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Shining a Light on Alzheimer’s Prevention

posted Apr 8, 2018, 1:49 PM by Evangelina DiSpirito, RDN, E-RYT   [ updated Aug 28, 2018, 6:29 AM ]
By: Evangelina DiSpirito, RDN, E-RYT, Experienced Diabetes Educator and Mindful Weight-Management RD Nutritionist


Every so often, when you switch on the TV, you will see an advertisement for diabetes medication or memory supplements.  Following the advertisement is the disclaimer with a fast-talking background voice spouting off the long list of horrible side effects.  All the while, images of smiling people grace the screen.   For those who have diabetes, prediabetes or who are concerned about memory loss, these commercials can be enticing, but confusing at the same time.  I.L. Creations’ nutrition theme for April is “Nutrition Trends for 2018,” and the trend right now is the prevention of Alzheimer’s disease. 

Diabetes is a big money maker, with the latest 2017 CDC report estimating $322 billion dollars being spent in the U.S. on diabetes treatment.    Likewise, the cost to treat Alzheimer’s in the U.S. was estimated at $259 billion dollars.  The Centers for Disease Control (CDC) reports that 1 in 11 Americans have diabetes, and 1 in 10 Americans over age 65 have Alzheimer’s.  Historically, it has been reported that Alzheimer’s is a disease that cannot be cured, prevented or slowed.   However, research in measuring insulin activity in brain cells (neurons) provides hope for prevention, pointing to nutrition and lifestyle as key players.  This research links diabetes and Alzheimer’s disease.

To better understand the connection, let’s take a closer look at diabetes and Alzheimer’s disease.    We will look at the key nutrition and lifestyle actions that you can take to decrease your chances of developing Alzheimer’s.

What is Diabetes?   Diabetes is a genetically-linked condition where the body cannot produce insulin or use its own insulin effectively (insulin resistance).  Our bodies make blood sugar from foods we eat that contain carbohydrates, as well as release sugar stored in muscles and the liver when we skip meals.  Blood sugar is the fuel our body cells need to survive and maintain healthy organs and physical functions.  Insulin is the hormone that transports the blood sugar to our cells for energy. If insulin is not available or is not used effectively, blood sugar levels rise in the blood stream.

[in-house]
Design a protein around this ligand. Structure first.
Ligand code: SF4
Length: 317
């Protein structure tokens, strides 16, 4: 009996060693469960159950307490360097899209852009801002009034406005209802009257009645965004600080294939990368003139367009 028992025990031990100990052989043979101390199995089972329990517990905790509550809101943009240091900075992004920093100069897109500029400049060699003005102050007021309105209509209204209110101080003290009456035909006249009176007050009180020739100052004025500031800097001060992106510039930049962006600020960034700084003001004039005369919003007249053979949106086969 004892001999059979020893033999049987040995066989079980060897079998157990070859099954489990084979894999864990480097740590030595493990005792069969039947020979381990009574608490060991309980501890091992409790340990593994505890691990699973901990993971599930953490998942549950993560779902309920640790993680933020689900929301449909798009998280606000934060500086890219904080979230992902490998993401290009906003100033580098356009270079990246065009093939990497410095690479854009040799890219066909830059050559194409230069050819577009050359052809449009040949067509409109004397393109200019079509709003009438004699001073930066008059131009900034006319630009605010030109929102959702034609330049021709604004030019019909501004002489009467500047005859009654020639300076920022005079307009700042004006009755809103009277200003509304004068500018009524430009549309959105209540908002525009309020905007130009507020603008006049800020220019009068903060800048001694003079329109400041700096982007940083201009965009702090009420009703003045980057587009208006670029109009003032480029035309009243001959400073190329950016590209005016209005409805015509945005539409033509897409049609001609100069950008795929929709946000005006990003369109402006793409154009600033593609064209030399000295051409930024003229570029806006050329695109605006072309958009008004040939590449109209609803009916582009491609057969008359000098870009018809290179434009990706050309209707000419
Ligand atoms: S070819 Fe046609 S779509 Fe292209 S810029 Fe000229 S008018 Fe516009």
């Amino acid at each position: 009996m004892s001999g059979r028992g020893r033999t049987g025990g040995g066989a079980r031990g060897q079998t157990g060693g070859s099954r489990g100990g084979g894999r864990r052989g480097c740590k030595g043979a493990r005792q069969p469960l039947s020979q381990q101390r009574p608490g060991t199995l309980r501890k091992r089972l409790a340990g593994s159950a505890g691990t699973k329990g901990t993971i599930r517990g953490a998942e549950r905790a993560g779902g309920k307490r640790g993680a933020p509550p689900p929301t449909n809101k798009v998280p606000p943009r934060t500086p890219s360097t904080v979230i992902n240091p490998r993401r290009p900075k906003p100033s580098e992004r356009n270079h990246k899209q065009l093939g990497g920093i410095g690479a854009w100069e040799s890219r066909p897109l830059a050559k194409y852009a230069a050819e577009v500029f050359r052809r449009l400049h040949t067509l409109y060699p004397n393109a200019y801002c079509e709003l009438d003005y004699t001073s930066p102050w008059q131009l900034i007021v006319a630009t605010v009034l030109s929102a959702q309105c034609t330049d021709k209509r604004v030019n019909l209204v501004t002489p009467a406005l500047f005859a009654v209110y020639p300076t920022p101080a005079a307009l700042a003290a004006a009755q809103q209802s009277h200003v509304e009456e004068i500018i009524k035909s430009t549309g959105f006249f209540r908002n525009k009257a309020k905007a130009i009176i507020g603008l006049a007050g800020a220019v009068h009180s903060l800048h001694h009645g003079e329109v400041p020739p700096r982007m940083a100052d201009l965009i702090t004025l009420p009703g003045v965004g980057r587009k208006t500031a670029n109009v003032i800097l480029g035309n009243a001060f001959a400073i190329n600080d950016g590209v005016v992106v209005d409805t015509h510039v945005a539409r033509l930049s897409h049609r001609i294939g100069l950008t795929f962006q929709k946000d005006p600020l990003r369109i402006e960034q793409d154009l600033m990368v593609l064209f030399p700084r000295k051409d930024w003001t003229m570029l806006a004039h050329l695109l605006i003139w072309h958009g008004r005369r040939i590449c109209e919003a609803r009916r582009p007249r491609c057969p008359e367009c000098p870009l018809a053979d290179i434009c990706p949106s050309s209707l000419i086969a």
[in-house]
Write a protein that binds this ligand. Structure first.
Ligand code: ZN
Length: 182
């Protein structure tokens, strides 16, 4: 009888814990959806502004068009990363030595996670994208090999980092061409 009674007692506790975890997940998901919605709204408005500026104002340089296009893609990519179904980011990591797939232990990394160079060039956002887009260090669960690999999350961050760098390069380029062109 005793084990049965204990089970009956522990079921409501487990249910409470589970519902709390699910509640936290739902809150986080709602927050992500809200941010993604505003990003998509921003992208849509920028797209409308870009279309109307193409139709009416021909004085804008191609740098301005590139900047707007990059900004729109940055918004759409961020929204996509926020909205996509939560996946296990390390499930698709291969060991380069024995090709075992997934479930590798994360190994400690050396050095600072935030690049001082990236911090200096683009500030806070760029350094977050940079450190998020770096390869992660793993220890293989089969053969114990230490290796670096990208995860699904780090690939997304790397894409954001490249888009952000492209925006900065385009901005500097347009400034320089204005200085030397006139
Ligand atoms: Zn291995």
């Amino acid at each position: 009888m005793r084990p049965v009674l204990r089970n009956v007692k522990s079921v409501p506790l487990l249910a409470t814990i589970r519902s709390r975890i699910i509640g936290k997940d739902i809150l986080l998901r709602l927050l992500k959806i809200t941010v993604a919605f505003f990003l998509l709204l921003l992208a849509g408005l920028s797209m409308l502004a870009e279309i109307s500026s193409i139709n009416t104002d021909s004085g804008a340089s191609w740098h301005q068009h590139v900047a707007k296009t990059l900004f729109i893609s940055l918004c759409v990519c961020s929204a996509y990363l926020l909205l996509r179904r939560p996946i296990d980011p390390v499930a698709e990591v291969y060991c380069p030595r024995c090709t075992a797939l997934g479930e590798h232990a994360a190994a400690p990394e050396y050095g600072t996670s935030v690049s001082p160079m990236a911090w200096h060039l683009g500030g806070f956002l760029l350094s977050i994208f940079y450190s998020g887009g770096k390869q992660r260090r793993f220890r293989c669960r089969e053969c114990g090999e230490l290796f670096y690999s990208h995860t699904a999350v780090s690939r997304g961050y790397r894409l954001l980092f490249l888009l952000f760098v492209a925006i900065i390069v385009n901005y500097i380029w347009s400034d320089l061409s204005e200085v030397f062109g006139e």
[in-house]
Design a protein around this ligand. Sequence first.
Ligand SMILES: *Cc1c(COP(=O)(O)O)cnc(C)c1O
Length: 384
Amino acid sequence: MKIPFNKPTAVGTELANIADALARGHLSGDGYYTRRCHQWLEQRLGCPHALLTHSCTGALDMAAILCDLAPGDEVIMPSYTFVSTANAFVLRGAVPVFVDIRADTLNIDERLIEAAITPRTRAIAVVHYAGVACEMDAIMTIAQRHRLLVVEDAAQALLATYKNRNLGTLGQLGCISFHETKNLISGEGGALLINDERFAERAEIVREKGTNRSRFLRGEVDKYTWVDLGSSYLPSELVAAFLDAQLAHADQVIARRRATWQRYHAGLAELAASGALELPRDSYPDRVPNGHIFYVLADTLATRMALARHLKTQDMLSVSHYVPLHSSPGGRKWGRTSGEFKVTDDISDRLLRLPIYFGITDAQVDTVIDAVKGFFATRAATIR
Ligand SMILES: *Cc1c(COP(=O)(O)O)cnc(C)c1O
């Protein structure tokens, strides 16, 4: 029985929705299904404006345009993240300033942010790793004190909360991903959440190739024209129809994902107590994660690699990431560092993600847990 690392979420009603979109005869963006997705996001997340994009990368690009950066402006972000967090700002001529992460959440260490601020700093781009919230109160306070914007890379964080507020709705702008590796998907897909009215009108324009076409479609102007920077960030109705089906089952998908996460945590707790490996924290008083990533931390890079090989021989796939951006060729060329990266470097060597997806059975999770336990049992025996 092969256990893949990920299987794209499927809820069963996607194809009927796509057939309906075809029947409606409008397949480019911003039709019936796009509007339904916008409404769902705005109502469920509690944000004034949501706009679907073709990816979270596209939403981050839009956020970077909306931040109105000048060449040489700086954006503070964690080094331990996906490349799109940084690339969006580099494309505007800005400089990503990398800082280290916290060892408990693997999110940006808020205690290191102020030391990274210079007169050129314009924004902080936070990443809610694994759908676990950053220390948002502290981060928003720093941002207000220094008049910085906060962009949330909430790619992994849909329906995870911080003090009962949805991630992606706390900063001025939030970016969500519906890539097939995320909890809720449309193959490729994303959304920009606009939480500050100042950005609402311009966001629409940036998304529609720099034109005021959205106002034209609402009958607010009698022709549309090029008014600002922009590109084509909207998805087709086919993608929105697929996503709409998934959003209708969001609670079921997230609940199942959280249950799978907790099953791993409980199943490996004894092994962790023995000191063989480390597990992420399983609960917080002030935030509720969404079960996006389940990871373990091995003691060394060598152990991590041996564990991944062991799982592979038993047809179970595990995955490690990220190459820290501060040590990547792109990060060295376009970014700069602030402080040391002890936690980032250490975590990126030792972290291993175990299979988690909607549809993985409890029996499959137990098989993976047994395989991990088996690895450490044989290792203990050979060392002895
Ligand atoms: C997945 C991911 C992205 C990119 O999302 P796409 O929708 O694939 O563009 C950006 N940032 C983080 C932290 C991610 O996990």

In a healthy person without diabetes, the body is able to naturally bring blood sugars to healthy levels following a meal.  However, in a person with diabetes, the body is unable to bring blood sugar to healthy levels following a meal, and blood sugar levels remain high, causing damage to many organs, including cells in the brain.

Having diabetes and pre-diabetes puts individuals at higher risk for cardiovascular disease, including stroke.   However, individuals with diabetes can achieve healthy blood sugar levels through adjustment of the portion size, the quality of food and beverages they consume, and/or through medication and physical activity.   

What is Alzheimer’s disease?

Alzheimer’s disease is a progressive, genetically-linked brain disease which causes a decline in a person's cognitive abilities, memory, mood, and behavior.   Persons may initially experience symptoms such as forgetfulness, which is called mild cognitive impairment (MCI), years before Alzheimer’s develops.  As time goes on, the brain cells (neurons) diminish and die, and can cause more episodes of memory loss and confusion.  Alzheimer’s disease is commonly diagnosed when symptoms interfere with a person’s normal part of daily living.